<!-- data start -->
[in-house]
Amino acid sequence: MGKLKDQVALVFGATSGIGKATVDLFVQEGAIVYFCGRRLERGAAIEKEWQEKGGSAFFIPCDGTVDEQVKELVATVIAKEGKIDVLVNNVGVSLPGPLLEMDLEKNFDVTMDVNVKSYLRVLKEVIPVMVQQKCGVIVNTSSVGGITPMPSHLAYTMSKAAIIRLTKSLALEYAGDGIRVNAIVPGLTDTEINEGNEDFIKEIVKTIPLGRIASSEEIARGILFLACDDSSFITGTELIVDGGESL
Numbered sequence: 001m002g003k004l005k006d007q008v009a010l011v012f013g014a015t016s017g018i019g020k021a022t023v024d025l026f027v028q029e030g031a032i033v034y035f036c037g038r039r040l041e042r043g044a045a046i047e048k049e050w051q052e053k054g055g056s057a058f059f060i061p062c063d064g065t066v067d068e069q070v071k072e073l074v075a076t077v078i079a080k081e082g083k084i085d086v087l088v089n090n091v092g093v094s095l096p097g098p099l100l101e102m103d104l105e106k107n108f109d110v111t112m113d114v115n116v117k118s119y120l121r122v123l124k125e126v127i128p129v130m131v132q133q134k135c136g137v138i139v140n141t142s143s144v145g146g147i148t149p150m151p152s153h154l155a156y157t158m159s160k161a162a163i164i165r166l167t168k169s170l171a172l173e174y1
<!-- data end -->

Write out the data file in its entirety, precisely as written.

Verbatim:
[in-house]
Amino acid sequence: MGKLKDQVALVFGATSGIGKATVDLFVQEGAIVYFCGRRLERGAAIEKEWQEKGGSAFFIPCDGTVDEQVKELVATVIAKEGKIDVLVNNVGVSLPGPLLEMDLEKNFDVTMDVNVKSYLRVLKEVIPVMVQQKCGVIVNTSSVGGITPMPSHLAYTMSKAAIIRLTKSLALEYAGDGIRVNAIVPGLTDTEINEGNEDFIKEIVKTIPLGRIASSEEIARGILFLACDDSSFITGTELIVDGGESL
Numbered sequence: 001m002g003k004l005k006d007q008v009a010l011v012f013g014a015t016s017g018i019g020k021a022t023v024d025l026f027v028q029e030g031a032i033v034y035f036c037g038r039r040l041e042r043g044a045a046i047e048k049e050w051q052e053k054g055g056s057a058f059f060i061p062c063d064g065t066v067d068e069q070v071k072e073l074v075a076t077v078i079a080k081e082g083k084i085d086v087l088v089n090n091v092g093v094s095l096p097g098p099l100l101e102m103d104l105e106k107n108f109d110v111t112m113d114v115n116v117k118s119y120l121r122v123l124k125e126v127i128p129v130m131v132q133q134k135c136g137v138i139v140n141t142s143s144v145g146g147i148t149p150m151p152s153h154l155a156y157t158m159s160k161a162a163i164i165r166l167t168k169s170l171a172l173e174y1